I've always thought
the RCMP were a great force but since coming to Canada I have to say
I've changed my mind somewhat.
A program on CBC's Fifth Estate
followed 4 women who complained about sexual assault by a fellow
officer. Other complaints have been made by women in the force
against male colleagues. I also keep reading about other incidents
which really don't show the force in the best light. From what
I can see these incidents are all covered up by some very senior
One other example was a
Polish man who got upset about being detained at one of Canada's
airports and as I understand it 5 RCMP offices taizered the man from
which assault he died. In many respects this would be
considered bullying and using excessive force.
Other stories come out from time to
time which really don't show the force in the best light and this
goes right up to the very top of the force. These incidents are
usually covered up by senior officers.
In fact there are
now so many stories going the rounds that you really have to wonder
what has happened to the force that had such good standing in
The problem here is
that all RCMP officers get tainted with the same brush and it would
seem the forces credibility is probably at its lowest point ever in
Having just watched the Fifth Estate
program again I felt compelled to make this note as I also listened
to what the Top ranking officer in the force had to say and I have
to say I was not at all impressed with his comments about it. I
would also have no faith in him resolving the very serious issues
that are evident within the force.
On July 31st 2012 I also learned that
there is now a class action law suite by some 200 female members of
the RCMP about their treatment by male officers.
Mounties reach multi-million sexual
6 October 2016 from BBC News.
The Canadian Mounties have reached a multi-million dollar settlement
agreement with female members and civilian staff of the national
police force after decades of workplace gender and sexual
discrimination, bullying and harassment.
The settlement agreement, expected to reach CA$100m ($76m/£59m) in
compensation, still needs federal court approval.
On Thursday, Royal Canadian Mounted Police (RCMP) Commissioner Bob
Paulson apologised to the women affected by what he called "shameful
conduct" and the force's failure in allowing a culture of harassment
to fester within the RCMP.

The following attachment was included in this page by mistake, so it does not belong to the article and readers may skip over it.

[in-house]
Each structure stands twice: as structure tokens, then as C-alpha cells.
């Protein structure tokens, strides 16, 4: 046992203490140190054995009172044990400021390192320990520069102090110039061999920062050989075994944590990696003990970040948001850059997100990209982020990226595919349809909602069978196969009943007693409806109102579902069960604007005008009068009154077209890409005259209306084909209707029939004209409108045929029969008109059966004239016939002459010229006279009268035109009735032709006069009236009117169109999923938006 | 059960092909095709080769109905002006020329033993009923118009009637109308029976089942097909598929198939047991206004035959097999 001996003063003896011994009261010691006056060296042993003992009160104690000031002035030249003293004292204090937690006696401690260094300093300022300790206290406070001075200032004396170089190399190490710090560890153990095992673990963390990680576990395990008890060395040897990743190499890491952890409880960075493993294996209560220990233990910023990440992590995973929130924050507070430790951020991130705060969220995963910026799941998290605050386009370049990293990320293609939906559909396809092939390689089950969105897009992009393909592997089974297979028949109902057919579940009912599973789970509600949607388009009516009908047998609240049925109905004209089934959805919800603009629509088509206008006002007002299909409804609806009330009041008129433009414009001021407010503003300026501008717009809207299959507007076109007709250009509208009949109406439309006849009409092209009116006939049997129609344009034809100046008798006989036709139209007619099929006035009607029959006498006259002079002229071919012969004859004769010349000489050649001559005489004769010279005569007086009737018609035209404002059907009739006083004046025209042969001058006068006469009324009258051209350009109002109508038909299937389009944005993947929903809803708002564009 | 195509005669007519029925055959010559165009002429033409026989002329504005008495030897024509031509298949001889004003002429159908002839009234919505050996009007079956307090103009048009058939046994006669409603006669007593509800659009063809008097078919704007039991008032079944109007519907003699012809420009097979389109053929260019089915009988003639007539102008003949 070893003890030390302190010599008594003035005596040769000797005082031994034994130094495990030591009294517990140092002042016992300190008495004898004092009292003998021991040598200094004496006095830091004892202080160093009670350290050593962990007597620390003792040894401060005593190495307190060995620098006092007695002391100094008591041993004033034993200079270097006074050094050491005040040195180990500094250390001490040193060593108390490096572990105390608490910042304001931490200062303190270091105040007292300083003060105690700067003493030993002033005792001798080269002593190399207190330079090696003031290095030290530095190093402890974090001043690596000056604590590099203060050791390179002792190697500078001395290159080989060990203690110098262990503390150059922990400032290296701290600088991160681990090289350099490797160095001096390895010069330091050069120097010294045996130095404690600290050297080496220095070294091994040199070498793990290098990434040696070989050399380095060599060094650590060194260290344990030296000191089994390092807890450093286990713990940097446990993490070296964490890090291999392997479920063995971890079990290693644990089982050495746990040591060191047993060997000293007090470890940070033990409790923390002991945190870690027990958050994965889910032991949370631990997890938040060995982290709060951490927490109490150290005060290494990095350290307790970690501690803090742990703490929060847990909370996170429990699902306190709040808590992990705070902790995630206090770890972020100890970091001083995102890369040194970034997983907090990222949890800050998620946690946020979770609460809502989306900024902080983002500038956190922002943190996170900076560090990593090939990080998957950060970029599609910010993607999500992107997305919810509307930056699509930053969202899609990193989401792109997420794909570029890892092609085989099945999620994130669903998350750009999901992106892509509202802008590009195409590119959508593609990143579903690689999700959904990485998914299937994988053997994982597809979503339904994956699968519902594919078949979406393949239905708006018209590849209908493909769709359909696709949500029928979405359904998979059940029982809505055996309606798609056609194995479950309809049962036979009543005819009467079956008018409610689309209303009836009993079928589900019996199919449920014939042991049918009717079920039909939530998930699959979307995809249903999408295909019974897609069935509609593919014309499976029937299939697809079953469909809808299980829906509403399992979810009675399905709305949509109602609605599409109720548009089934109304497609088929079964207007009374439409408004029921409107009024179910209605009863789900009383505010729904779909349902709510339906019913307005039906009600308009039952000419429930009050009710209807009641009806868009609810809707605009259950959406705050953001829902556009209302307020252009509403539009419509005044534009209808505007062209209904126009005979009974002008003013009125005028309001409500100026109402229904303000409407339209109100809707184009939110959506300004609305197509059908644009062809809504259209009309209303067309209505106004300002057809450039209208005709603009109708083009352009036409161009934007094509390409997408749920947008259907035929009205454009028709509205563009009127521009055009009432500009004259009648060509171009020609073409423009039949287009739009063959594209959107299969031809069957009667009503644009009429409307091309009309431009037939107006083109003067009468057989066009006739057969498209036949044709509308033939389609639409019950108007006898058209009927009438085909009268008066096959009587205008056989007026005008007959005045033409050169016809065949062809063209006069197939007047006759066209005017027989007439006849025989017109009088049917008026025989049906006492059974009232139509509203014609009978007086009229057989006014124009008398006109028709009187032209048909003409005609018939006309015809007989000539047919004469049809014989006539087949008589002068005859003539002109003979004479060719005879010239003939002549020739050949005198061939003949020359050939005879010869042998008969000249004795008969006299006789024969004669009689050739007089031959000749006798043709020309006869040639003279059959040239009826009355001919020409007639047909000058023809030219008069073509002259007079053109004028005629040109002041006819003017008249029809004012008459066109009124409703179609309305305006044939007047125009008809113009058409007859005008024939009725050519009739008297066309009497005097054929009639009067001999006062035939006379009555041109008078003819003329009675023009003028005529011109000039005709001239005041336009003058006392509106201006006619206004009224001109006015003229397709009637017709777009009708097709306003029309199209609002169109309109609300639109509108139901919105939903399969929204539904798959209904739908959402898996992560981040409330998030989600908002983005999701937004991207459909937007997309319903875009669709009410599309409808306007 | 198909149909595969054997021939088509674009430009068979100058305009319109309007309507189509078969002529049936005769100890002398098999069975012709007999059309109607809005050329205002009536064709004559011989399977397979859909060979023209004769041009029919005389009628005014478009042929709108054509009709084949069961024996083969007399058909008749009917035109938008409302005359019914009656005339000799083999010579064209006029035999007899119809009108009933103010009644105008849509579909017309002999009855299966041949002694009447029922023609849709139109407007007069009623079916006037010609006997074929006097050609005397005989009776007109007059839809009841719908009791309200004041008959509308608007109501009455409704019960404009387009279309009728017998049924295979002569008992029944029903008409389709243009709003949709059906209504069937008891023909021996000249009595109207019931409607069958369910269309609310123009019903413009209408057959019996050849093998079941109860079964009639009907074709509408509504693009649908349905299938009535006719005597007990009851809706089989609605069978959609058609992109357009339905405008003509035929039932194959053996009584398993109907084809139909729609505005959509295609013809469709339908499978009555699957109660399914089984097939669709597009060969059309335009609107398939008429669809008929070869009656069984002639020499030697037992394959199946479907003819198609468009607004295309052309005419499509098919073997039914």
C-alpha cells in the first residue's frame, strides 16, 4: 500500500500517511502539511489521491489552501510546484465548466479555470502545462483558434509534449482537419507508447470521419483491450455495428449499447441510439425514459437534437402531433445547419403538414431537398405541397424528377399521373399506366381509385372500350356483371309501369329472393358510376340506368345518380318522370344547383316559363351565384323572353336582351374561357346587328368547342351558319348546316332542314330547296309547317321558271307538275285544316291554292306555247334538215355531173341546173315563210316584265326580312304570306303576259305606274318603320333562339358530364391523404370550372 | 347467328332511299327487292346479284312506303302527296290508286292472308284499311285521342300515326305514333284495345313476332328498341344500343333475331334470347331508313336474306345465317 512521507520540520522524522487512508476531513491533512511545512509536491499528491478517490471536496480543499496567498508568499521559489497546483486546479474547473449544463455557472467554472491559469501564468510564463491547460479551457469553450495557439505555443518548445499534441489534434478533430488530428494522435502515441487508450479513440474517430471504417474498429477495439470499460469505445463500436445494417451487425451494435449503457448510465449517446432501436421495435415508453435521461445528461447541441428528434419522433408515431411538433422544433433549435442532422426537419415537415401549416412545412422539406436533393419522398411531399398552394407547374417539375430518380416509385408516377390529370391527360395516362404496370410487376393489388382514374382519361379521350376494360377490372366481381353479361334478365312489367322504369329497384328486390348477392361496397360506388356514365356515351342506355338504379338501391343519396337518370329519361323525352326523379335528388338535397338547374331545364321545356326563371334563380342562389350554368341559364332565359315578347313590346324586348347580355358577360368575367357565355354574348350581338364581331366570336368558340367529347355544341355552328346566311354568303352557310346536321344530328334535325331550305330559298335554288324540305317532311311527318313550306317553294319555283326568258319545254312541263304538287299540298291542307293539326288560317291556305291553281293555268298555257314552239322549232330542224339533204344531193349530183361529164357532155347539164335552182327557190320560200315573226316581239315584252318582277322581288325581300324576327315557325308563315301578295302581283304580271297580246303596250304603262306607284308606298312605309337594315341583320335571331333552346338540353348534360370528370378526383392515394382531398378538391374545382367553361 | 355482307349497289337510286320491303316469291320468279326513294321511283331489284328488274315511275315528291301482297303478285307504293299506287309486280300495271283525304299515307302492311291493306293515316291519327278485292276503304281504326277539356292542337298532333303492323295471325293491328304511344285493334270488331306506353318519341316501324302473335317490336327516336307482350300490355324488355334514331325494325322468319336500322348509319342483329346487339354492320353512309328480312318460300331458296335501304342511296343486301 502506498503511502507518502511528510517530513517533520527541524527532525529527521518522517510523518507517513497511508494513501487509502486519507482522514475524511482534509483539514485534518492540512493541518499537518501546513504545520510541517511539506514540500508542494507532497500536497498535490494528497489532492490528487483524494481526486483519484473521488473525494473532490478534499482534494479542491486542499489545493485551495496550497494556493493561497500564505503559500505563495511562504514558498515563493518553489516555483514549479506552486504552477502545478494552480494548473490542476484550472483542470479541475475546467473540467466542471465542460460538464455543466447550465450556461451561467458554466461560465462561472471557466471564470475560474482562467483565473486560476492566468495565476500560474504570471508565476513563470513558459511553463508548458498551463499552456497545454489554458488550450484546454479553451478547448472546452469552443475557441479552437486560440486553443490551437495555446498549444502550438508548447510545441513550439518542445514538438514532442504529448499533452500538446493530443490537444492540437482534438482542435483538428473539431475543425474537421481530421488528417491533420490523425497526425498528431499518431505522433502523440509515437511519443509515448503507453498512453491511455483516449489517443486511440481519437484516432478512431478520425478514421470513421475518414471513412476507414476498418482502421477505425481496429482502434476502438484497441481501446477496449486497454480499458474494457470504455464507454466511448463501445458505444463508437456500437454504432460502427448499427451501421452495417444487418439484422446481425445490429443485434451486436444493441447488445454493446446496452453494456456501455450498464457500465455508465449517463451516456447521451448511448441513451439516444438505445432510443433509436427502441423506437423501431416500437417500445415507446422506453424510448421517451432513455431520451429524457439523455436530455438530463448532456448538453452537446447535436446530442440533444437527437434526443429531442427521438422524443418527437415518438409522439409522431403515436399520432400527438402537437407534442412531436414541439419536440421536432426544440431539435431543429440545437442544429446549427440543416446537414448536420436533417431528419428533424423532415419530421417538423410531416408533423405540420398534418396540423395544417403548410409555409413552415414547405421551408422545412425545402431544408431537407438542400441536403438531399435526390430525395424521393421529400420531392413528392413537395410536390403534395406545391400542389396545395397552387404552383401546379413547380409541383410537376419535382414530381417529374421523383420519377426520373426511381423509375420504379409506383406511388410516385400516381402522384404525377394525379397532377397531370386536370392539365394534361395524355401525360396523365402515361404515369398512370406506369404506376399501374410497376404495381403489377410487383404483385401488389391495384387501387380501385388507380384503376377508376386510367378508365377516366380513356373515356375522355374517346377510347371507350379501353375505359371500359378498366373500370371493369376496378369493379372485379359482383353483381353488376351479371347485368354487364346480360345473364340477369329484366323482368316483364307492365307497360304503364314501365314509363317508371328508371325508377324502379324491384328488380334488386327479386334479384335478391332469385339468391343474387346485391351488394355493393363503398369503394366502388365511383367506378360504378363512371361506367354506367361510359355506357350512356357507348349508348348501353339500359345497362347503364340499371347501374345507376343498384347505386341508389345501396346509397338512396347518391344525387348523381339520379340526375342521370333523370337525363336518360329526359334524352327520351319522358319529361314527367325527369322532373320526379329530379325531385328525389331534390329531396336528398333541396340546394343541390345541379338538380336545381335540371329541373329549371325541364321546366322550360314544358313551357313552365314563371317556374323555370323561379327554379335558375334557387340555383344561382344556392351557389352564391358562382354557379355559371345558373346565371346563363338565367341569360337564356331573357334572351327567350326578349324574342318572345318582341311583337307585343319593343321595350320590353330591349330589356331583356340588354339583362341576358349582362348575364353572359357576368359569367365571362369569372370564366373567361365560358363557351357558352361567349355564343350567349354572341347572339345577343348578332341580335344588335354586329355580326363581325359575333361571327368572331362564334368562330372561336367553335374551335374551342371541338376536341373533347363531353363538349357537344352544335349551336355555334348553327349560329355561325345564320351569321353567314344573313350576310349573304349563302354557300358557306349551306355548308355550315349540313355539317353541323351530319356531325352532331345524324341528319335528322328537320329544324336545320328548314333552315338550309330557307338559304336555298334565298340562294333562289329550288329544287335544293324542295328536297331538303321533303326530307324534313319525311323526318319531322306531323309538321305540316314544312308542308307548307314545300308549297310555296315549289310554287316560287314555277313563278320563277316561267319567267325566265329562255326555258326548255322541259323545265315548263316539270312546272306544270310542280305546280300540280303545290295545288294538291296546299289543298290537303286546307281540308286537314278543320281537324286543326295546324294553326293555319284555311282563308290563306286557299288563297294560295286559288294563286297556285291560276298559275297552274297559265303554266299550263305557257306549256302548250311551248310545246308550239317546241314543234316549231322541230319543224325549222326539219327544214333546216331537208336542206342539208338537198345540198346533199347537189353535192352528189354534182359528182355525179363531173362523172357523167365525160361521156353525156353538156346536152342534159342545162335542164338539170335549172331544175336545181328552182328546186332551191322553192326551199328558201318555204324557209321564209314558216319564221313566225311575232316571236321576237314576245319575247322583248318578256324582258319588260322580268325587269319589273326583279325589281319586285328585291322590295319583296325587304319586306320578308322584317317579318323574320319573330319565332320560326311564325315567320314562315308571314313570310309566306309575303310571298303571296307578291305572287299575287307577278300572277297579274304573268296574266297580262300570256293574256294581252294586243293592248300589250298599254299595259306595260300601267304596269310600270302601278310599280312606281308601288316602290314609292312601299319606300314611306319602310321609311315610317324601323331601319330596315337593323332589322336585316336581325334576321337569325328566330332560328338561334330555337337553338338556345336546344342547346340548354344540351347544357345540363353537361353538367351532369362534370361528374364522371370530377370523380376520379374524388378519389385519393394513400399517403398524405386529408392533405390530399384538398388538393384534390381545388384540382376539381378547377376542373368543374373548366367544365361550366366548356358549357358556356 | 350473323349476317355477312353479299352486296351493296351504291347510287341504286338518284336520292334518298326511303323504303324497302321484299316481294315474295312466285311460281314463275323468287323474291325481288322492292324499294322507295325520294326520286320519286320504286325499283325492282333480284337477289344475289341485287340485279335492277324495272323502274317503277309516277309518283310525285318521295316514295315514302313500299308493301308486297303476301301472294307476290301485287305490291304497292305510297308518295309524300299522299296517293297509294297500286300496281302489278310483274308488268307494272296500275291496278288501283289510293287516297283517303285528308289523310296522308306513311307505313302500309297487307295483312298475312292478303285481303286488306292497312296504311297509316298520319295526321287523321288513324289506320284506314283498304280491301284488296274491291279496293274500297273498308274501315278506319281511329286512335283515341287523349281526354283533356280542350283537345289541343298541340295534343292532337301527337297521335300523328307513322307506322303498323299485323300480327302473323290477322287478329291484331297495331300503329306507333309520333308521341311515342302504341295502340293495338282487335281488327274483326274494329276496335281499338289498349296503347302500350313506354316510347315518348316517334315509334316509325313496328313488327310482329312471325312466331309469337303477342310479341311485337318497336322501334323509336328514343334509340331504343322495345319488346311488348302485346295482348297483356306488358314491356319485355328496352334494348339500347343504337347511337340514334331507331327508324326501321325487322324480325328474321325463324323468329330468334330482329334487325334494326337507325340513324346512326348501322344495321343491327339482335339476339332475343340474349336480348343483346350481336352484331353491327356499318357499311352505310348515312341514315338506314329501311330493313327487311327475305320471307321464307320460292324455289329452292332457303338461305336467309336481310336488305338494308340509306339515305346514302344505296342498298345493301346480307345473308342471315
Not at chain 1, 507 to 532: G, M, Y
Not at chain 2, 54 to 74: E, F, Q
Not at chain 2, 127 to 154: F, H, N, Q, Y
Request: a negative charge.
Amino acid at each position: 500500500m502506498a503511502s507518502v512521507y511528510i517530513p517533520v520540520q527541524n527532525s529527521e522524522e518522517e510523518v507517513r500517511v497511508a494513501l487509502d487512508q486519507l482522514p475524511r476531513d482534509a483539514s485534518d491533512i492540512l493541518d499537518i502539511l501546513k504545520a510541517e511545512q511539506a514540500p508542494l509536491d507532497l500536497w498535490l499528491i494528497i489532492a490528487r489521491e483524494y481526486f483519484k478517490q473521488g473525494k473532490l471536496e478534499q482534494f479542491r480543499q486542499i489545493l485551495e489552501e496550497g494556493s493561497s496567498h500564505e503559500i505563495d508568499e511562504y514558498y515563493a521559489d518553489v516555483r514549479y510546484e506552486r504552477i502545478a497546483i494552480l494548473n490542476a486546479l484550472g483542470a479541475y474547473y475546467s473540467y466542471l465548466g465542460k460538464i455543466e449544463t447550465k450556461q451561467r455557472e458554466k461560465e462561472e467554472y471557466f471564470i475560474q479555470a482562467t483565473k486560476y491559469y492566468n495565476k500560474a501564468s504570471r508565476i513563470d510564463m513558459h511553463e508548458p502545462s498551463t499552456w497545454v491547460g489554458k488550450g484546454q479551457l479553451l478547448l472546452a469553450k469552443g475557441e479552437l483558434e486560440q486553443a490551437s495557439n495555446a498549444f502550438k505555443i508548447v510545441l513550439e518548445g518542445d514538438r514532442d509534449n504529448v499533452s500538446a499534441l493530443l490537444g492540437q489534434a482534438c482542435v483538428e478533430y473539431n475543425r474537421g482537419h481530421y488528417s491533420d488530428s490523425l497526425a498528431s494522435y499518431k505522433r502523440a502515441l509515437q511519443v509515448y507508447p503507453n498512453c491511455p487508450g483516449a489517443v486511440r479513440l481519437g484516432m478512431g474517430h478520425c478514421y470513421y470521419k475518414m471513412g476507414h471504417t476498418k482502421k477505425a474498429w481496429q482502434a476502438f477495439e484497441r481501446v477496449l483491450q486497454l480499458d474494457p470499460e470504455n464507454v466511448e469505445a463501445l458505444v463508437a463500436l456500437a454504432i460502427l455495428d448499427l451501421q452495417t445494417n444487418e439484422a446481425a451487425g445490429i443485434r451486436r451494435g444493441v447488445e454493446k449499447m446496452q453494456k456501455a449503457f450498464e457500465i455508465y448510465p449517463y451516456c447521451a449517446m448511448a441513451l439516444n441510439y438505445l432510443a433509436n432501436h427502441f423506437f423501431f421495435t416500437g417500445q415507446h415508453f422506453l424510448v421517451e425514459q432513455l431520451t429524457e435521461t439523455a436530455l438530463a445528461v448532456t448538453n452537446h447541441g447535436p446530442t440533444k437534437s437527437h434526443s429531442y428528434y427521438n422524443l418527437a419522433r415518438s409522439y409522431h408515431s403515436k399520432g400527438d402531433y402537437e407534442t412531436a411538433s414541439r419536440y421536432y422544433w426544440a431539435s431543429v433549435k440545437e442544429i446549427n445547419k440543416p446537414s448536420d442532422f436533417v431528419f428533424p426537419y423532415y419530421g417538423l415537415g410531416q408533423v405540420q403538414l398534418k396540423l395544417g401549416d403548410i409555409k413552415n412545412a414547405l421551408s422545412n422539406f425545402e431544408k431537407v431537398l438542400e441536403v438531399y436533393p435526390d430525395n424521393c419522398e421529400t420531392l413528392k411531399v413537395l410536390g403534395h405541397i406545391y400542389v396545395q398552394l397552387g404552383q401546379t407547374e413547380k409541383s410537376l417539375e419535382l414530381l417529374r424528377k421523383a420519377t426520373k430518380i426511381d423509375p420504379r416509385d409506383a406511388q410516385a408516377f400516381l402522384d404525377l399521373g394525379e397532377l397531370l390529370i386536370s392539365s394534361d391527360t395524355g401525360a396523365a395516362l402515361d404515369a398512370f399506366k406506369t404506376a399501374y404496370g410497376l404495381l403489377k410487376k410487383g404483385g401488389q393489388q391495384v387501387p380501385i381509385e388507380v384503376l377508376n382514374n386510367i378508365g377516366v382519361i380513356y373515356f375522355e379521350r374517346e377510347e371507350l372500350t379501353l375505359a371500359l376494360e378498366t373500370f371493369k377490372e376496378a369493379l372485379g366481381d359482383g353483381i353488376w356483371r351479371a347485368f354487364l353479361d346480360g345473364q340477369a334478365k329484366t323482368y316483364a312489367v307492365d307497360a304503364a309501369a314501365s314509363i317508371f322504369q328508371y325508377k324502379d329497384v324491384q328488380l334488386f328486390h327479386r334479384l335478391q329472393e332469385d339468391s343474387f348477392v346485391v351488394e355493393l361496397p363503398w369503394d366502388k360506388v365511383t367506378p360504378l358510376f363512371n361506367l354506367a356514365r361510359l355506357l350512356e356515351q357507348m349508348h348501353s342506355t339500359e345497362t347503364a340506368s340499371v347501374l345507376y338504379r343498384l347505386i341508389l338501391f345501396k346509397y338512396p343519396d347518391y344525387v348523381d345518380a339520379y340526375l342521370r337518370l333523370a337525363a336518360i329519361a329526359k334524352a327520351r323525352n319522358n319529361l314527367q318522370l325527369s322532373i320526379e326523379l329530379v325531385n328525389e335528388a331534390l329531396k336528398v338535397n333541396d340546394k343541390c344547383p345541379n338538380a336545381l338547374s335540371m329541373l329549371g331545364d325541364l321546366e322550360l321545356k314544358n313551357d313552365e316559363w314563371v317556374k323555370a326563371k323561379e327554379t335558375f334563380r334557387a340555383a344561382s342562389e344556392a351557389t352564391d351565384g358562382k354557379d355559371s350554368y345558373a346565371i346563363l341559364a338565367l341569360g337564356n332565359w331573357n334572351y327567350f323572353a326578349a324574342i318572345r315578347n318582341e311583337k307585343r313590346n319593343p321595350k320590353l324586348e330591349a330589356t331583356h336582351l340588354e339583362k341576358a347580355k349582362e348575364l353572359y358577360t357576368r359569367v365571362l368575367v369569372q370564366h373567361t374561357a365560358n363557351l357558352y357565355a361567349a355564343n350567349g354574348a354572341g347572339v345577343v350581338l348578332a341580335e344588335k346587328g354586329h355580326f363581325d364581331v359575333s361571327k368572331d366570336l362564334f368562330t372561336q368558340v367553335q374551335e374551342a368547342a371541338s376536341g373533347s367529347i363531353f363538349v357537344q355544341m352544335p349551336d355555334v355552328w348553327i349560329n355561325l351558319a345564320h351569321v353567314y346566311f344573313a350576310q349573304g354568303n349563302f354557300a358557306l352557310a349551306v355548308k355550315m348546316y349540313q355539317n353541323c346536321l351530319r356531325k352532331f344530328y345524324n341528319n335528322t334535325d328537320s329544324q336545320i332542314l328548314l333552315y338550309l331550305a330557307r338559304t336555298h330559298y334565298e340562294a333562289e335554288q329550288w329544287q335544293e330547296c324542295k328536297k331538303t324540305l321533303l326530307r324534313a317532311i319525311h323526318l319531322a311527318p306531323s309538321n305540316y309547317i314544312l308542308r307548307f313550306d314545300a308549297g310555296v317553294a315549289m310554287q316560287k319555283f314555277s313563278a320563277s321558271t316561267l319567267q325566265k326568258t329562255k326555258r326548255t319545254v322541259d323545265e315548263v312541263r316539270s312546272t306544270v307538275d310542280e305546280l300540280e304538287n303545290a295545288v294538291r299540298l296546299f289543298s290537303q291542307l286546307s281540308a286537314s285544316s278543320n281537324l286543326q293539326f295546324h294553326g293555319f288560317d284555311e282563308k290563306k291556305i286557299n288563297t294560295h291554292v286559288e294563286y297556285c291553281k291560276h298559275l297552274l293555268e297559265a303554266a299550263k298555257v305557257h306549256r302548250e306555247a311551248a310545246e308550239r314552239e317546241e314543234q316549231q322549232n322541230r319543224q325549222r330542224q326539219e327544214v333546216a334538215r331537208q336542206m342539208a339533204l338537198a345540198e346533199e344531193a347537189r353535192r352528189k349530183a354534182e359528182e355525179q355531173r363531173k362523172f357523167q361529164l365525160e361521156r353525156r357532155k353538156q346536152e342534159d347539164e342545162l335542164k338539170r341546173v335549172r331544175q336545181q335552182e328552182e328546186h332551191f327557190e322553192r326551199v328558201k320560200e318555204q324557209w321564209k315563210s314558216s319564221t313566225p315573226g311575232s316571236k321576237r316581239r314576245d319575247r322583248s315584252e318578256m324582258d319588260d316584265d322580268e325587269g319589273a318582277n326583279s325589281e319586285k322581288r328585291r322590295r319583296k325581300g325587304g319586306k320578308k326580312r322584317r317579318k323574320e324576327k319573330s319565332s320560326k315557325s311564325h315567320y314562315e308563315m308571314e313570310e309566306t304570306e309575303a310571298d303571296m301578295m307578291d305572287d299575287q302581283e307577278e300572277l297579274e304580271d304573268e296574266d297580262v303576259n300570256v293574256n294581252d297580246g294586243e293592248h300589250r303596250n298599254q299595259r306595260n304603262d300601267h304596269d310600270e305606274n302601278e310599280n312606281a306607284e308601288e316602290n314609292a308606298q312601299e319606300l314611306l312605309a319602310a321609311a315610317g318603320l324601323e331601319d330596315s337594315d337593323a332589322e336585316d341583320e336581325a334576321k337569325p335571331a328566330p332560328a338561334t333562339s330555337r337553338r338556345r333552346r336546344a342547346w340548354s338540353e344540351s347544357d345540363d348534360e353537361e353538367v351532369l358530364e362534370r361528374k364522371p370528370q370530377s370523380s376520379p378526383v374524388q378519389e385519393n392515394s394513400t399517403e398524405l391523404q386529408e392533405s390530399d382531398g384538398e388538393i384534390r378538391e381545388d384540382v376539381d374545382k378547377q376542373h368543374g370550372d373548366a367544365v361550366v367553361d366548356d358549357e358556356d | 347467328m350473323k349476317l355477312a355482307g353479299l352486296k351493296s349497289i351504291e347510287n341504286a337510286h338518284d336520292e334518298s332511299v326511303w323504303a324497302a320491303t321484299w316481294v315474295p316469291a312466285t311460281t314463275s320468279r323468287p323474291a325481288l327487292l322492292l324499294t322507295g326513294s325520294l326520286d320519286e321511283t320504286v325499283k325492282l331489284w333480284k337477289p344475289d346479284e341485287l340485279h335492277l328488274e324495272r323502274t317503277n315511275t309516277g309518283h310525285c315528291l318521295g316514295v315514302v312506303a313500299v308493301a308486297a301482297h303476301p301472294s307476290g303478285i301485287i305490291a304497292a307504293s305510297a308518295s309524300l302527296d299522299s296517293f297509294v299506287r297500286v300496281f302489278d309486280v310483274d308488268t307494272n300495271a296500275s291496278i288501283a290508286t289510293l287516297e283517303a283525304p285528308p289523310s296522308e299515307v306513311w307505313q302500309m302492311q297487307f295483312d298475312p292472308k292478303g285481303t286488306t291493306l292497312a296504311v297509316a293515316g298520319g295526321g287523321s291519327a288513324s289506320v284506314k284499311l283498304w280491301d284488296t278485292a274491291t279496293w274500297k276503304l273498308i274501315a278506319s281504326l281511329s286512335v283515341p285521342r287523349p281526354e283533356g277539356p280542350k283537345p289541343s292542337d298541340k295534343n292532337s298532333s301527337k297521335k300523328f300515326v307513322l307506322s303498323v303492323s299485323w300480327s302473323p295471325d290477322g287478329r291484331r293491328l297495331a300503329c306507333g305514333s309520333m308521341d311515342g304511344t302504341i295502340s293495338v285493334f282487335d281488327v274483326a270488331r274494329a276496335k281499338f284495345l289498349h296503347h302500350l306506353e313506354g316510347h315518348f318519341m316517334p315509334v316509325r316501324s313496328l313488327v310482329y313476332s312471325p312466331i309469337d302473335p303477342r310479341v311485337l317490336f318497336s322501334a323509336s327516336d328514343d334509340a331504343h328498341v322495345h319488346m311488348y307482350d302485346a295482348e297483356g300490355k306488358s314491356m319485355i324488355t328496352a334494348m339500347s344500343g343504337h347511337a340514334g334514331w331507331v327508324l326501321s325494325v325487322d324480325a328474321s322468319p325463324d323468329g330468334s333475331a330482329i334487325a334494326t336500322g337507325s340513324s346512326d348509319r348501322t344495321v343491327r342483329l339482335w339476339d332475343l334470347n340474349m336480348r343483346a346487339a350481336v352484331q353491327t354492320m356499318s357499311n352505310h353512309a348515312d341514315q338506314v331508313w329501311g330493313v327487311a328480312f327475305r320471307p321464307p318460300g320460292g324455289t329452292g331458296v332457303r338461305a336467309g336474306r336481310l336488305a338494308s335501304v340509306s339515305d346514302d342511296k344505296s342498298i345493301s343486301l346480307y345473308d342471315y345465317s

"Some of these women left the RCMP, heartbroken, disillusioned and
angry. Others stayed and were forced to find ways to cope with this
inexcusable condition since they did not see an organisation that
was willing to change," a tearful Mr Paulson said.
The two class-action lawsuits that led to the settlement agreement
were filed by former Mounties Janet Merlo, who joined the RCMP in
1991, and Linda Gillis Davidson, who joined in 1985.
Ms Merlo, who says she lived with 20 years of sexual comments.
pranks and derogatory remarks inflicted by "a minority, but a potent
minority" of male colleagues, called Thursday's apology and
settlement a "turning point for the RCMP".
"I have total faith that this is the beginning of a new era,
hopefully a better era," she said.
All told, the dual class-actions represent some 500 plaintiffs.
Federal officials are expecting up to 1,000 women who worked in the
RCMP between 1974 and when the settlement receives court approval to
seek claims under the agreement.
Allegations of sexual harassment and a toxic work environment have
been dogging the RCMP for years after a high-profile Mountie first
went public with her claims in 2011.
Corporal Catherine Galliford, a former RCMP spokeswoman, said years
of sexual harassment left her with post-traumatic stress disorder
The national force has since worked to change the culture, making it
easier to report bullying and harassment. They committed on Thursday
to initiatives that "support a respectful and inclusive workplace".
The RCMP provides both federal law enforcement across Canada and
provincial and municipal policing in eight provinces and three
territories. They also police some 600 aboriginal communities.
Women have been able to become full-fledged police officers within
the RCMP for over 40 years and now make up about 20% of the force's
Mounties who seek claims will be allowed to remain anonymous. The
independent claim process and compensation scheme will be overseen
by former Supreme Court of Canada judge Michel Bastarache.
But should female Mounties choose to come forward to RCMP leadership
with valid harassment claims, Mr Paulson said, "you can rest assured
that the fist of God will descend on the [perpetrators]".